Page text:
Customize Your Curriculum
The MF curriculum includes coursework toward four core competencies: forest ecology and biology; measurement of forest resources; silviculture and management of forest resources; and forest resources policy, economics, and administration. Within these categories, students customize their course selections to emphasize particular resources (e.g., forest carbon, forest hydrology, biodiversity conservation) or analytic approaches (e.g., geospatial analysis, finance, environmental justice).
MF Credit Structure
Course credits are distributed among core competency areas specified by SAF, in addition to Nicholas School-wide requirements, quantitative analysis, and electives.
Specific to MF Students
- Competency Areas
- Forest Ecology & Biology: 6 credits
- Measurement of Forest Resources: 6 credits
- Silviculture & Management of Forest Resources: 8.5 credits
- Forest Resources Policy, Economics & Administration: 7.5 credits
- Quantitative Analysis: 6 credits
- Specializing Electives: 7-9 credits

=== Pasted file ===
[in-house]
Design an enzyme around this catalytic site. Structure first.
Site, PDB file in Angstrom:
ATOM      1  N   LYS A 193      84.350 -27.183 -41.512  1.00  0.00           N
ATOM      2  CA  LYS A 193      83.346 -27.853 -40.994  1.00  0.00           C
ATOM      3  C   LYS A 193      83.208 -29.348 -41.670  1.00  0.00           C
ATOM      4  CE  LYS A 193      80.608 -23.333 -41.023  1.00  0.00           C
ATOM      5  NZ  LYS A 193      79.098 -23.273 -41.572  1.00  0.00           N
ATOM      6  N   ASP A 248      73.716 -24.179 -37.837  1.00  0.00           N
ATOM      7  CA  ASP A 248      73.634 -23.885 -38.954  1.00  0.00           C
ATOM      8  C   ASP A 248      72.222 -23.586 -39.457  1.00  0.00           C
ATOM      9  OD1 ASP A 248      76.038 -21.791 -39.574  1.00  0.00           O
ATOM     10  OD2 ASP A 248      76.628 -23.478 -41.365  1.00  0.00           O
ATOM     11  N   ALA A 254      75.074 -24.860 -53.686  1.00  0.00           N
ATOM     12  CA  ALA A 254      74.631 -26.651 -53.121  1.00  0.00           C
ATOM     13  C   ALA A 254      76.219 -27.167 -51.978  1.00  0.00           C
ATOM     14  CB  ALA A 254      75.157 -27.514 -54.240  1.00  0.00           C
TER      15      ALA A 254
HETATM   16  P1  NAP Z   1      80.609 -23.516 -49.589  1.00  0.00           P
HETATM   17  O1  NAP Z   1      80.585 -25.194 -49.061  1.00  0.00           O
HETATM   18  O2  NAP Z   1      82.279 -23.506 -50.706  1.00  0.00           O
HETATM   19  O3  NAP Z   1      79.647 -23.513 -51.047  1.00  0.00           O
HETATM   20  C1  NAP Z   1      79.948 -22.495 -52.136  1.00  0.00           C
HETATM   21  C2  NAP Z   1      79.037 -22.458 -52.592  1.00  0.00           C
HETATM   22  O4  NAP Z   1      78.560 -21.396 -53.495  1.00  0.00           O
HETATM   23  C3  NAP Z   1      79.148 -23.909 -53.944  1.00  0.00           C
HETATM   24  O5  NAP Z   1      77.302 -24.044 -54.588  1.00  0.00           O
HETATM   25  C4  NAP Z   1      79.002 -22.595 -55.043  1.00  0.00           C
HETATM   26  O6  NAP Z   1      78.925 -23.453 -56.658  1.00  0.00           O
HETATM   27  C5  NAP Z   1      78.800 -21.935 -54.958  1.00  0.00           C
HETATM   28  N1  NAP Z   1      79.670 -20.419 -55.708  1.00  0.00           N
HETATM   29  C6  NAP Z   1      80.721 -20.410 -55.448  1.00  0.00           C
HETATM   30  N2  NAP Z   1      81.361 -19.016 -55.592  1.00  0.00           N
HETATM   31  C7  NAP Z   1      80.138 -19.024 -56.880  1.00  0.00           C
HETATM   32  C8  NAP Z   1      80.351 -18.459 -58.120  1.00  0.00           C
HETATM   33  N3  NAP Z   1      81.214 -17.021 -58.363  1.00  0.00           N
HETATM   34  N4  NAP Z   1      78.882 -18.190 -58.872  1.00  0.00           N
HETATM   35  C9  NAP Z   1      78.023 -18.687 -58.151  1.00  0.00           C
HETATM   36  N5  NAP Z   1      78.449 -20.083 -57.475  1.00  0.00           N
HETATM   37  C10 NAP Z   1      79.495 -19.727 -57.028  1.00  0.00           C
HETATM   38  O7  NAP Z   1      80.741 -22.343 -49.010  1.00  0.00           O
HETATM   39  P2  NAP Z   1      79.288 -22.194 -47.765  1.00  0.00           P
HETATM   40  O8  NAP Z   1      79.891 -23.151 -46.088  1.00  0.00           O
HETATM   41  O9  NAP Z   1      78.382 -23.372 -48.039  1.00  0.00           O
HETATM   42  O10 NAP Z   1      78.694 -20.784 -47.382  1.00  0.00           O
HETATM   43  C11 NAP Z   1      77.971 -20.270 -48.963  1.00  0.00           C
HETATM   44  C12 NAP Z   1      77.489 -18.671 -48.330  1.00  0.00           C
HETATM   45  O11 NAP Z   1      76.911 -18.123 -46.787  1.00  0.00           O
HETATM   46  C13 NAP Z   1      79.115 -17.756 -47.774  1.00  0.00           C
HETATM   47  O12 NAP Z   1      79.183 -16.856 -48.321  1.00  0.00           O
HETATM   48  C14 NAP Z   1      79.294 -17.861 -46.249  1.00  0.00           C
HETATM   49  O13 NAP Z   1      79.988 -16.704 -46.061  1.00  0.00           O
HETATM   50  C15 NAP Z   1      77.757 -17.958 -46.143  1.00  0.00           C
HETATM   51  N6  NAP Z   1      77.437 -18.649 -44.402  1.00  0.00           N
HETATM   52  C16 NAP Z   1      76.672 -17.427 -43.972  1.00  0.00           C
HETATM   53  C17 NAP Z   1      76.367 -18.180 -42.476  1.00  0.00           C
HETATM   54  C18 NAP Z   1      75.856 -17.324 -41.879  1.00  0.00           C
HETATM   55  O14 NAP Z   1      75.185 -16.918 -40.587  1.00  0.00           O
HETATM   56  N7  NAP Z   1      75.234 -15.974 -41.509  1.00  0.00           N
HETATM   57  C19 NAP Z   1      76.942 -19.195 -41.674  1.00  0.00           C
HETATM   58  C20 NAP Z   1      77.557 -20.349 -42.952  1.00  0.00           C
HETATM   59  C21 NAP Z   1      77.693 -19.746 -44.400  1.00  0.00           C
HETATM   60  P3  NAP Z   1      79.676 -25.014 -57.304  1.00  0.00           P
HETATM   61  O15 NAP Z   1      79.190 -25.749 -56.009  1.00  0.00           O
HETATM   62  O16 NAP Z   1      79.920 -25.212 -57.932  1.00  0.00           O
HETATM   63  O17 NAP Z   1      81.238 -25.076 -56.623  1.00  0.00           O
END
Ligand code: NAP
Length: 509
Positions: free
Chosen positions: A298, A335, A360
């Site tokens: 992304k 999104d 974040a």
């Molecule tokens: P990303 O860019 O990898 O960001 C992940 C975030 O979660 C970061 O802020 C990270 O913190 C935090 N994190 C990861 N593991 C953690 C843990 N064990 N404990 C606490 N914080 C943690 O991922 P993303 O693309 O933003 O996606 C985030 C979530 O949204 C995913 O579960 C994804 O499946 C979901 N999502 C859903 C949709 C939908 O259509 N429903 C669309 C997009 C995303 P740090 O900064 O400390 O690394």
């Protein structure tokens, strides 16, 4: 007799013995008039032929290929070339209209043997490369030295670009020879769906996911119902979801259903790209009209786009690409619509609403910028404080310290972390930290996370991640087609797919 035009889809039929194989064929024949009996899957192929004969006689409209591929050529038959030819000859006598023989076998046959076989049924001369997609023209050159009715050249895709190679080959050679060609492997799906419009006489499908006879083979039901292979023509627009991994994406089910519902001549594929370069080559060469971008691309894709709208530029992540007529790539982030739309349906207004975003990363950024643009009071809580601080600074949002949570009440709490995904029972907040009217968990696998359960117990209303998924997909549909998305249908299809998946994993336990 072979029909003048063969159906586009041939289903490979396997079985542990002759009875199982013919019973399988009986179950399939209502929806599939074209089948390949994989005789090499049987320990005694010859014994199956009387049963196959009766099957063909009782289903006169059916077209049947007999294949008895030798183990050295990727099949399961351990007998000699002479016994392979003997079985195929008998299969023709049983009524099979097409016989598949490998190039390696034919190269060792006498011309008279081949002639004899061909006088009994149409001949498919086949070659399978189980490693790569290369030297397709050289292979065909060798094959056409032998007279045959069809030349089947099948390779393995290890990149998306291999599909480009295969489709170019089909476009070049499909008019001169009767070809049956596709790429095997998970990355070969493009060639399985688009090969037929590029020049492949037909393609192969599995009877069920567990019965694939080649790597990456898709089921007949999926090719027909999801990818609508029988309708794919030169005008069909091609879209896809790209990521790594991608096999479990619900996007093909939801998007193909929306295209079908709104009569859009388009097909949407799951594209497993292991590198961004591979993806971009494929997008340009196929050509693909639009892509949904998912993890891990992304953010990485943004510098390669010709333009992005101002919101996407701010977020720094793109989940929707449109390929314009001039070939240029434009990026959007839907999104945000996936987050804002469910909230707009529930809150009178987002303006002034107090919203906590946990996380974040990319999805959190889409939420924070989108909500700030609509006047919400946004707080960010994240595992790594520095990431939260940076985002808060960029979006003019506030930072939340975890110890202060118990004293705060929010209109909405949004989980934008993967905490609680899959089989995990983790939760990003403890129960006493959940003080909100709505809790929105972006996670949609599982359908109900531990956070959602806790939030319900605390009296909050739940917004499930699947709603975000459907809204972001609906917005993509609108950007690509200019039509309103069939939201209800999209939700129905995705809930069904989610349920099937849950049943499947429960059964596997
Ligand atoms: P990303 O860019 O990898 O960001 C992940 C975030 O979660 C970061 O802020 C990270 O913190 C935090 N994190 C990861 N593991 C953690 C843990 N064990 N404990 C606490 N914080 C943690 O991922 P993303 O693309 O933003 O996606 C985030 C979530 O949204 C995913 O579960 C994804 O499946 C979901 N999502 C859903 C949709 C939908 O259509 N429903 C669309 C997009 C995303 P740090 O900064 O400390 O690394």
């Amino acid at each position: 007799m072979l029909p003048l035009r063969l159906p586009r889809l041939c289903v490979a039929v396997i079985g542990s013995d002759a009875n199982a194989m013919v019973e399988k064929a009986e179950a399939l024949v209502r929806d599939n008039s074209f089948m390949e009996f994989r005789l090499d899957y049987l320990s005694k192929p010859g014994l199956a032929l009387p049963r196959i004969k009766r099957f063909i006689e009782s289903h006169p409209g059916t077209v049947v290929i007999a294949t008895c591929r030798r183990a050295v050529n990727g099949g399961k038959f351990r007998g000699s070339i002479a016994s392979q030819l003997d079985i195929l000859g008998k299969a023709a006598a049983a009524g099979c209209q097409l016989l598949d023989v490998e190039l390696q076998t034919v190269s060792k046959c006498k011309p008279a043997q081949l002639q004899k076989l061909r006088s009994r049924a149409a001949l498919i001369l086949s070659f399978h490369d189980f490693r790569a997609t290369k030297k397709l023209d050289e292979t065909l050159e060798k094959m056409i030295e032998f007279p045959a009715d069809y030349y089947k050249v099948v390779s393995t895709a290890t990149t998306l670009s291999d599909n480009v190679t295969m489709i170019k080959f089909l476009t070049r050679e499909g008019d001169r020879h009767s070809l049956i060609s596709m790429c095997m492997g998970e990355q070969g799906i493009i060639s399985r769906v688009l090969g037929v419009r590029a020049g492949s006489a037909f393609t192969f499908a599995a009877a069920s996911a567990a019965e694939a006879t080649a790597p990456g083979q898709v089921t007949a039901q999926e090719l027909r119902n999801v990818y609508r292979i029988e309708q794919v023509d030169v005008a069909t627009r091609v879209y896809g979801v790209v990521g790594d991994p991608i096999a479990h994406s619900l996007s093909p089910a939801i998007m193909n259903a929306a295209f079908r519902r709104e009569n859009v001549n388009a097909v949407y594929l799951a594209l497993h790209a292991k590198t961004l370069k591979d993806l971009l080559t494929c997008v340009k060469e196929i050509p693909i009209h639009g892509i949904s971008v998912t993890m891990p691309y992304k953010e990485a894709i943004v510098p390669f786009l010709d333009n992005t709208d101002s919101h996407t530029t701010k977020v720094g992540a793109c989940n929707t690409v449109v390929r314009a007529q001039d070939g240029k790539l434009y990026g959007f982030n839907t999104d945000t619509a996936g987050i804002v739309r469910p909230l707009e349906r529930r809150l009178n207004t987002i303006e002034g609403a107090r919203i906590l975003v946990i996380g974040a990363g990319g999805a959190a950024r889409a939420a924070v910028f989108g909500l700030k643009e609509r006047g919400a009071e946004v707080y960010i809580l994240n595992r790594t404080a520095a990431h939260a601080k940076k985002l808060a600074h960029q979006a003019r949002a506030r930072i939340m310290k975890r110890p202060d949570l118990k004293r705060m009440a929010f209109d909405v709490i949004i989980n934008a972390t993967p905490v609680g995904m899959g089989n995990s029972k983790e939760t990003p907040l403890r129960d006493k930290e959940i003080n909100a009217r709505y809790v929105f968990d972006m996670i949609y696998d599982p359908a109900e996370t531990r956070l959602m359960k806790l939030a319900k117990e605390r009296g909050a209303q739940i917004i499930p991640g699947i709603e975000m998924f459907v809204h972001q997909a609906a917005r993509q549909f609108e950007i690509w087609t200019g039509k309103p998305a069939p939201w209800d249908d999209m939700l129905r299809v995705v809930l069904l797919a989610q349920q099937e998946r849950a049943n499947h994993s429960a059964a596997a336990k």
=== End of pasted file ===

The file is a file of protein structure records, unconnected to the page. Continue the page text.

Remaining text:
- Trips and Additional Experiences
All MF and MEM Students
- Master's Project (MP): 4-6 credits
- Seminar: 1 credit awarded at the end of 4 semesters
TOTAL: Minimum 48 credits required
When taken on its own, the MF program requires a total of at least 48 credits and four semesters of enrollment. A student pursuing the MF concurrently with the MEM will need at least five semesters of enrollment to earn the minimum of 72 credit hours and fulfill degree requirements. If the joint degrees do not substantially overlap in coursework, six semesters might be needed to complete both degrees. Consult the concurrent degree requirements for additional information.
Course of Study
Prerequisites for admission to the Nicholas School are:
- Some previous training in the natural sciences or the social sciences related to the student’s area of interest
- At least one semester of college calculus
- A college statistics course that includes descriptive statistics, probability distributions, hypothesis testing, confidence intervals, correlation, simple linear regression, and simple ANOVA.
Additional prerequisites for MF students are: